Worms Eat My Garbage: APES teacher worm composts to help environment


Photo by Olivia Bragg

The putrid smell like garbage. That’s the first thing people notice before the sight of all the worms crawling up the sides and the shredded paper layering the tub. The smell wafts out and spreads throughout the AP environmental science (APES) classroom. For APES and chemistry teacher Patricia Ehsani, this classroom environment is worth it.

Ehsani created a container full of worms, leftover food, and shredded paper because the worms eat the trash which keeps garbage from piling up at the landfill and composting adds nutrients to the soil. Ehsani started worm composting in 1995 after taking a class and is now certified as a master composter.

“I’m interested in nature and trying to make the environment less impacted by humans,” Ehsani said.

Ehsani’s interest in nature made her want to involve her APES students by letting them set up the worm bin and feed worms. Her class also created “mini dumps” that show the students what decomposes at a landfill and what does not. Ehsani’s experience as an APES teacher became another outlet for her interest in nature and got her a class of volunteers to set up the worm bin.

“Being an APES teacher … I had to learn a lot of stuff which led me to become a master naturalist,” Ehsani said. “Master naturalists do volunteer work like trying to restore the prairie up at Lake Lewisville, but [the worm bin] is just an extension of interest in nature.”

Composting can significantly help the environment, but water shortage is also a major concern to Ehsani. Students can save water by taking shorter showers, not using the toilet as a trash can and using rain barrels to collect rainwater to water outdoor plants. Ehsani also recommends a class, sponsored by Texas A&M AgriLife Research and Extension Center, to make a rain barrel for $25 on May 12 from 6:30 pm – 8:30 pm at the Bedford Public Library. “Water to me is a major concern,” Ehsani said. “We’ve got cities drying up in the country. I have a rain barrel that collects water that I use for outdoor plants.”

According to Ehsani, the more people who join in to save the environment, water conserving and worm composting alike, the better. Faculty members Catherine Meldrum, Christine Billingsley, Heather Brandon, Liz Harrison, Emily Clay, Dawn Oyepide and Annette Reese have already accepted Ehsani’s invitation to start their own worm bins.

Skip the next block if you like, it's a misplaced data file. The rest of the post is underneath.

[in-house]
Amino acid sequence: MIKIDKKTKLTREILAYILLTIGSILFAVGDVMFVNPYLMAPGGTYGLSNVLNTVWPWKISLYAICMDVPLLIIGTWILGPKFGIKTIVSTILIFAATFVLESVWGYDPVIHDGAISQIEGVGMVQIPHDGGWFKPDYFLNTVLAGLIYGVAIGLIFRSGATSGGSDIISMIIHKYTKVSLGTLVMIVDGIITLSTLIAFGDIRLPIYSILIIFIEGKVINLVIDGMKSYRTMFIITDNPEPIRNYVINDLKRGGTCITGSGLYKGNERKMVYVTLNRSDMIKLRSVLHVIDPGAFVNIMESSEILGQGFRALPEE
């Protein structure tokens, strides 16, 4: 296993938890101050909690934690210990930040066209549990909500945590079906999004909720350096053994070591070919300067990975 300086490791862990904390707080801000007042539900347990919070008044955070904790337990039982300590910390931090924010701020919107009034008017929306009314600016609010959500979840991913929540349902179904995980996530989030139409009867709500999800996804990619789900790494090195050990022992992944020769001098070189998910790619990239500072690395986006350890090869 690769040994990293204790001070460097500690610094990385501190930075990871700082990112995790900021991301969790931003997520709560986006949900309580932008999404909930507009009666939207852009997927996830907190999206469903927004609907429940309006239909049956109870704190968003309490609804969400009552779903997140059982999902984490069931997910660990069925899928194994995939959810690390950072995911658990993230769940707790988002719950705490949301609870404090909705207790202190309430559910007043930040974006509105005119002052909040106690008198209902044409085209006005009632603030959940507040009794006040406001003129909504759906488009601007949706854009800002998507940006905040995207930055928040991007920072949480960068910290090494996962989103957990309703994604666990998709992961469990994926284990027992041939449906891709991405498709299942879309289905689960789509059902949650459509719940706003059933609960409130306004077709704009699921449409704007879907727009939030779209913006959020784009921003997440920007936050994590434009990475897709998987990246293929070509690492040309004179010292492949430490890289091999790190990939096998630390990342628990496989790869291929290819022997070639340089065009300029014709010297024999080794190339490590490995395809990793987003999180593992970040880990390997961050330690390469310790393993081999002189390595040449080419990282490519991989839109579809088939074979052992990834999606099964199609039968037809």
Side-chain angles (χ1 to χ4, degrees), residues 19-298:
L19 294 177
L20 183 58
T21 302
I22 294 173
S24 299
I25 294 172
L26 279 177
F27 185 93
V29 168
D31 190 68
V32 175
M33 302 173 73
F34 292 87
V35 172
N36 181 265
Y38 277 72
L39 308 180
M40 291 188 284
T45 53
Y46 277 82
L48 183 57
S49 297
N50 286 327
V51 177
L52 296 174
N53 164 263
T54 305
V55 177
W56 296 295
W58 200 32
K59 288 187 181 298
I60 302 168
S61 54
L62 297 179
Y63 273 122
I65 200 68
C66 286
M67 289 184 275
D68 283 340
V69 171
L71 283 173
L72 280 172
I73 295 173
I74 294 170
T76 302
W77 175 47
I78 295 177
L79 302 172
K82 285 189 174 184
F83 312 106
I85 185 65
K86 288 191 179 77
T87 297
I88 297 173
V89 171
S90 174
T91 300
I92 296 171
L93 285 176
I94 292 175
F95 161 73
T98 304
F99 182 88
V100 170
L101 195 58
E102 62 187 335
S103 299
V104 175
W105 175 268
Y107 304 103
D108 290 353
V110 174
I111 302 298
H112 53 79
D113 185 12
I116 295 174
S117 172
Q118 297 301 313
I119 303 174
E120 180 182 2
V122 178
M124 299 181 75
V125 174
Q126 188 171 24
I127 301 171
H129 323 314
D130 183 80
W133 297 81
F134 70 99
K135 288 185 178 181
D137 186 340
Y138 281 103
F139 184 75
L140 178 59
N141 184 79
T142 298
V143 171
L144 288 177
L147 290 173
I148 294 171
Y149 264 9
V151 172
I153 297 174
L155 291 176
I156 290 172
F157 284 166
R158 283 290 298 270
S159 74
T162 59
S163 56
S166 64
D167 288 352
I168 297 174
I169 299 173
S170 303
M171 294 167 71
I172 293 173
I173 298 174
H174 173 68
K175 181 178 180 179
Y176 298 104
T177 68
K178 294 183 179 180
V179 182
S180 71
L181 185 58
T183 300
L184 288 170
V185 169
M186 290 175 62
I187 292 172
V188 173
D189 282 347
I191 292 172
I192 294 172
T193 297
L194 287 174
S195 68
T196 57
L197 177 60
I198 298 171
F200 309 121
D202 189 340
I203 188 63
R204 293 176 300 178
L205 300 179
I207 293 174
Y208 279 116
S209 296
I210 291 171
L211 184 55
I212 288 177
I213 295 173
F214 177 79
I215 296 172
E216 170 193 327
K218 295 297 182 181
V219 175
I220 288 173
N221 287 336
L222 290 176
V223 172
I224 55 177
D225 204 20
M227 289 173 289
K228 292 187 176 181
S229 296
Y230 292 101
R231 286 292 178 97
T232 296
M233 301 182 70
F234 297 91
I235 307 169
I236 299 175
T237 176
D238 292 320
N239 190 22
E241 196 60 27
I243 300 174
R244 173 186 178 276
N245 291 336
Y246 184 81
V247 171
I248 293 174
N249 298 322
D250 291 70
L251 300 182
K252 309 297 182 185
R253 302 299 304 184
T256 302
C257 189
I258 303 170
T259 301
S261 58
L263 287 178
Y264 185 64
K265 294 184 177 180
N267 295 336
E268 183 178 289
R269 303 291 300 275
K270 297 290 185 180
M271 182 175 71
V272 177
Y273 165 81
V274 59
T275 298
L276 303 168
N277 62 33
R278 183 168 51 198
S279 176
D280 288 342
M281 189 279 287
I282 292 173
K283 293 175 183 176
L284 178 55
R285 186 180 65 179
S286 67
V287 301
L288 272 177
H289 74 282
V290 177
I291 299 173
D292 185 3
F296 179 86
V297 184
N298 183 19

“My husband and I have a blackberry farm in our backyard,” librarian Liz Harrison said. “We harvest gallons and gallons of fresh blackberries every summer and make blackberry jam and blackberry cobblers. I thought the worms would be a good thing for the soil.”

Billingsley also agreed to the idea of a worm bin to teach her sons about recycling while satisfying their interest in worms.

“I thought the worm bin would be a great way to show [my son] about recycling our waste for something useful and good,” Billingsley said. “He always wants to know why things happen and he will get to watch the entire composting and fertilization process to help plants grow.  And honestly, he and his younger brother love worms so they’ll get a kick out of watching them work.”

According to Ehsani, worm composting has many benefits for the environment.

“When you have worms eat your garbage and you don’t put it in the garbage disposal, that’s less for the wastewater treatment to process. If you don’t put it in your trash can, that’s less that goes to the landfill that to cause methane gas which is stronger than greenhouse gases like carbon dioxide. There’s a lot of benefits to worm composting, and not just for plants, but it makes it cheaper to process for the city.”

According to Ehsani, worm bins are low maintenance and easy to create.